Review: BlackBerry Classic

Classic_black_bgFor users looking for a simple straightforward smartphone, BlackBerry Classic could be the perfect match.

The BlackBerry Classic is an enhancement of its previous version. QWERTY keypad, the popular Blackberry trackpad is all here along with the latest iteration of the Blackberry OS, BB10.3

At first glance, the device appears solid and has a professional charm, historically wooing the sentiments of the ‘businessman’. However, this time the brand doesn’t limit itself to this category and is aiming at the larger segment of mobile professionals who are looking for a no-frills dependable smartphone.

The QWERTY keyboard has always been a convenient and a welcomed feature. The return of the trackpad brings back memories for previous generation Blackberry users, however it might not be as useful today. The same Qualcomm Snapdragon processor that powers the Q10 along with an Adreno 225 for graphics powers the device. This gives an indication into the performance one could expect from the Classic. The battery life matches with what exists in the market today, for everyday apps such as Emails, SMS and average browser usage. However, increase the media consumption on this device and it really starts to show that the 2515mAh battery is not built for modern media-savvy users. The screen also has a slightly lower resolution than the BB Q10 and being a non-IPS display, the viewing angles can be disappointing for a device launched in this generation.

The strongest point of any BB10 device is the Blackberry Hub and the ease of functionality it promises to bring with it. And in this regard, the Classic does not disappoint. In terms of usability, the OS is pretty simple with the App Tray on the right and the BB Hub on the left, as you swipe more to the left you get more into the basic settings of your device. You will find all your accounts and all app notifications in this Hub. This makes it easier to access these apps and respond to new notifications. The BB10.3 now brings the Amazon App store to the user so they can install Android apps that are not available in BB world. The challenge for Blackberry is not how they can get these apps to their BB fans but how practical it is to do so. Android apps are not native to the BB ecosystem and are hence bound to have problems while they are being used. Google Maps, Twitter, Evernote, FB messenger respond slower and even the Whatsapp application, which by far is the most common messaging service (replacing BB Messenger of course) runs slower than other platforms. Blackberry must optimise the compatibility of all such apps if they expect a better demand for this device.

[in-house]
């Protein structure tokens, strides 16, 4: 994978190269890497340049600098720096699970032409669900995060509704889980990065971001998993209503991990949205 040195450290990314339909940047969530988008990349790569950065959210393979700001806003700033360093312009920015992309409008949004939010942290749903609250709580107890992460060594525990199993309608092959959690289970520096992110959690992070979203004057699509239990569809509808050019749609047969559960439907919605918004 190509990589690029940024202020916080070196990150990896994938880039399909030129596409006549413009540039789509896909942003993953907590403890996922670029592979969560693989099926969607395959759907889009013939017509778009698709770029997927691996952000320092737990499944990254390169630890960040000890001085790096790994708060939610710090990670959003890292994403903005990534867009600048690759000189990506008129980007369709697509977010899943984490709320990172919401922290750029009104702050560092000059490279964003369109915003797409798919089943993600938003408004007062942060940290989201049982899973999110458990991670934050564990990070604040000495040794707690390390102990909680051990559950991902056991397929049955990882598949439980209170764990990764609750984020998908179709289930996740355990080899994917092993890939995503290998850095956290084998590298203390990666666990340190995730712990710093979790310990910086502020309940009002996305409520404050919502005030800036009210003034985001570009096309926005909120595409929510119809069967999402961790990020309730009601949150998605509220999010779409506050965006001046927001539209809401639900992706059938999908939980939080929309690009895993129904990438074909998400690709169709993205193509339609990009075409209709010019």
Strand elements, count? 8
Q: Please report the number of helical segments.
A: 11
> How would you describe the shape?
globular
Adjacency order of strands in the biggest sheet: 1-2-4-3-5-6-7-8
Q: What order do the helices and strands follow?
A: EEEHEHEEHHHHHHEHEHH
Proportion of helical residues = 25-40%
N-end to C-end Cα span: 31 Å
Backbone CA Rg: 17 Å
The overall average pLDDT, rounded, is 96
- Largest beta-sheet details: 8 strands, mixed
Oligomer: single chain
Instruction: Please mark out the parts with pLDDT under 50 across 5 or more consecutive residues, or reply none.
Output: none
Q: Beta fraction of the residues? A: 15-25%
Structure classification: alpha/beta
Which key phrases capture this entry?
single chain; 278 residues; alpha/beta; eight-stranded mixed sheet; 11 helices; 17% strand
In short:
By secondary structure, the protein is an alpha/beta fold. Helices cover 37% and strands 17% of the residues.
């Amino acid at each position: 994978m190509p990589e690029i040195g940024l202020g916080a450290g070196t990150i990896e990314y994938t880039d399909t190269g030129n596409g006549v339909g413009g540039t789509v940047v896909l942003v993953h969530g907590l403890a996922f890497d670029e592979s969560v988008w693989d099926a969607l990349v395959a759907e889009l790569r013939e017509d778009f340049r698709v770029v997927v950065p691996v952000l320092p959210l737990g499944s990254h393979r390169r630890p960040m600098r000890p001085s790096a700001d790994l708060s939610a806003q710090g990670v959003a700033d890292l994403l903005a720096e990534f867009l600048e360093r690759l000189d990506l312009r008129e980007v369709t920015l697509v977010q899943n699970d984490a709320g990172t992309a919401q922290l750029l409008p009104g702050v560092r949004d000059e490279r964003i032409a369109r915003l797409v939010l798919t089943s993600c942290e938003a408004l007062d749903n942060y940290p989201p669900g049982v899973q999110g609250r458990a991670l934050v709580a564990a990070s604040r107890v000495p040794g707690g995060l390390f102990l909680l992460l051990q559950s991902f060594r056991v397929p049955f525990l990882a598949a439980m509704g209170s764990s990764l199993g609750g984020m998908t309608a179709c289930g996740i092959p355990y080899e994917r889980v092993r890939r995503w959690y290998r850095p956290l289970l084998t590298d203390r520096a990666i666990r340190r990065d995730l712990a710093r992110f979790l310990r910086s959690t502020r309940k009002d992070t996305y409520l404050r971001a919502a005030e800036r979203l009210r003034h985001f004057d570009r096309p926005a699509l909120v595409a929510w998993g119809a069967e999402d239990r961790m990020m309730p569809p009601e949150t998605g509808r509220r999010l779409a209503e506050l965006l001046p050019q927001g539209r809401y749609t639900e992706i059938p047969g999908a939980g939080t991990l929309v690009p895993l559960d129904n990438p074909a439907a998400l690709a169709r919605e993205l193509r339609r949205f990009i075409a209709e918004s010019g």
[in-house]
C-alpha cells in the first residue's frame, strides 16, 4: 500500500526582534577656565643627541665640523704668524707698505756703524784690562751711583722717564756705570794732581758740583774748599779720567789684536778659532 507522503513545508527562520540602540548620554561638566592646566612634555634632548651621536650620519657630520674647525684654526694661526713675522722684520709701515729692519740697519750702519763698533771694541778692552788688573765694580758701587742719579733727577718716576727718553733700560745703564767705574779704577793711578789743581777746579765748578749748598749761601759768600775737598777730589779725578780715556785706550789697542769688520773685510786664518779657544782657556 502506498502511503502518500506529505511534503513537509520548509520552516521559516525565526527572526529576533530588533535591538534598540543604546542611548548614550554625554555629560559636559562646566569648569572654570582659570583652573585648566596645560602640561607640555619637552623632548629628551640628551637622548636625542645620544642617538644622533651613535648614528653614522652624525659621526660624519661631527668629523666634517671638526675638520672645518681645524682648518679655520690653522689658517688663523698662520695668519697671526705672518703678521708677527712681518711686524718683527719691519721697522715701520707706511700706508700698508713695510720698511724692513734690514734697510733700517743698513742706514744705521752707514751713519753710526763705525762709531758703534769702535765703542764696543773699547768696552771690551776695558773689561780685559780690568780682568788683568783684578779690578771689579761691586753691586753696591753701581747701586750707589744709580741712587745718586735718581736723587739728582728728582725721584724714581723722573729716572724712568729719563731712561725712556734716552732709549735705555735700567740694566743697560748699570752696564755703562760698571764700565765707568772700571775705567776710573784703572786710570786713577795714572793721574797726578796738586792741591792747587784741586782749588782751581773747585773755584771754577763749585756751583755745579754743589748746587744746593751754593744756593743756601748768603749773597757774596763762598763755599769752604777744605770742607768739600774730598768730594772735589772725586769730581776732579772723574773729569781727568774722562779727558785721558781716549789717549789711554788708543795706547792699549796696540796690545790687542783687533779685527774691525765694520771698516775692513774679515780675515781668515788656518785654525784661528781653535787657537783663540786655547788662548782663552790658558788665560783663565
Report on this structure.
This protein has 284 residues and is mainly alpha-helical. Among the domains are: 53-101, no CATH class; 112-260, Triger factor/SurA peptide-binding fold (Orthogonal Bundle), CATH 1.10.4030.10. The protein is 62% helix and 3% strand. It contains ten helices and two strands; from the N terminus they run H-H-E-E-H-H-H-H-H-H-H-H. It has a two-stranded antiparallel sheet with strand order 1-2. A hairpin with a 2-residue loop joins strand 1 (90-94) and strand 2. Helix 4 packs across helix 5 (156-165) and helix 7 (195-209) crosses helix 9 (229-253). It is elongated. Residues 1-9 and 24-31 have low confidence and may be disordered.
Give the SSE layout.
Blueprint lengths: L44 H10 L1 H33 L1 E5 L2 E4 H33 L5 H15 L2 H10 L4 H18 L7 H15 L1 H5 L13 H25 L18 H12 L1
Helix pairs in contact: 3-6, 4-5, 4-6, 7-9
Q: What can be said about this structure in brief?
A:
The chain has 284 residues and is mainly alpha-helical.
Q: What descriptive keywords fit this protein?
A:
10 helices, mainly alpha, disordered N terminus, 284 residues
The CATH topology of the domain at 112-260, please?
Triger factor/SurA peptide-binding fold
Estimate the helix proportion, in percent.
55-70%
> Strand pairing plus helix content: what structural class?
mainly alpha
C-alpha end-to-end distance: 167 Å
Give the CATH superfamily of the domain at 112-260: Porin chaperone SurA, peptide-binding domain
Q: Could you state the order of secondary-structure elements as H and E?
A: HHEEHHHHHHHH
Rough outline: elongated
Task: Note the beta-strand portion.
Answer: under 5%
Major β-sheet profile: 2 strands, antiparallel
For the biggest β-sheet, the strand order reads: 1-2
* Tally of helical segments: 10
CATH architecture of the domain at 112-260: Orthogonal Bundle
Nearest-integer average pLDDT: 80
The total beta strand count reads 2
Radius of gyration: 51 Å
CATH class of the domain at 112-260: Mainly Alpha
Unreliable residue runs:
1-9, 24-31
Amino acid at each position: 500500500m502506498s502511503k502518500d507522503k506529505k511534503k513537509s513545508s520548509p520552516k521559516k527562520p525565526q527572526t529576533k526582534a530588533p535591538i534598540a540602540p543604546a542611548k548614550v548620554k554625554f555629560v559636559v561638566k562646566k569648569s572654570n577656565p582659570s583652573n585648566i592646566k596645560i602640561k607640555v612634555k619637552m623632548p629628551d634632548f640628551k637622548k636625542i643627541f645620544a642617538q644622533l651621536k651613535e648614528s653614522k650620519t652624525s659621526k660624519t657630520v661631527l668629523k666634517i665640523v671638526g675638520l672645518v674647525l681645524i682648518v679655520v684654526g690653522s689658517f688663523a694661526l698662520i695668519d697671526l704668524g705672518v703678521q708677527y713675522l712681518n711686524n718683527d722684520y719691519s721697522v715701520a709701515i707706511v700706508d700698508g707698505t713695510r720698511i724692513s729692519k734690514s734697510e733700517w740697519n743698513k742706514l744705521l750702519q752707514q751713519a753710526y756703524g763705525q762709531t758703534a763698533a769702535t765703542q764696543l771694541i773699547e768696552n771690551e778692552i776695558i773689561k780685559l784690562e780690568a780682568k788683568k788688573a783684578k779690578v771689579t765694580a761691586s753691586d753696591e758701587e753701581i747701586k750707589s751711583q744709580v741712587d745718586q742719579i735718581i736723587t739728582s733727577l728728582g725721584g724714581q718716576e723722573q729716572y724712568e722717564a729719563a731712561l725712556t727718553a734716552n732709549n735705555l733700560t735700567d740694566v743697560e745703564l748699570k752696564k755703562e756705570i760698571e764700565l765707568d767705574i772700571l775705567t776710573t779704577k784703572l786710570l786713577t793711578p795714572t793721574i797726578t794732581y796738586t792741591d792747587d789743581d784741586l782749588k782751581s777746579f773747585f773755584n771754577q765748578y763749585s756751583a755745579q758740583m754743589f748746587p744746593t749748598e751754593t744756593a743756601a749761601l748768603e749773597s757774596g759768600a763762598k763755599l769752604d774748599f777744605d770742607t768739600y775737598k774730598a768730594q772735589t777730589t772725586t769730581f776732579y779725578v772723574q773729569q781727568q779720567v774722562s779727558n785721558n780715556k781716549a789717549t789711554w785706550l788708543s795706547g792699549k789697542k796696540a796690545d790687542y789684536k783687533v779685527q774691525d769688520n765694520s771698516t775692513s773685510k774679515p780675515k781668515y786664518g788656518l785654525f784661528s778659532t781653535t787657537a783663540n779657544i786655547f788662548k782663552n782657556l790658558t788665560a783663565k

The smartphone is equipped with a rear-facing camera of 8MP that comes with enhanced shooting features such as HDR and Time Shift, where one can take a series of photos and edit offline at a later stage. The quality is decent and produces clear enough images in daylight, however struggles to give an equal quality while taking pictures in dim or low light.

The inclusion of BlackBerry Assistant is a commendable feature. It works instantly by holding down the dedicated button between the volume buttons and gives you results from varied search engines.
All in all, the BlackBerry Classic will be ideal for those users who do not have heavy media consumptions and simply want a straightforward smartphone.

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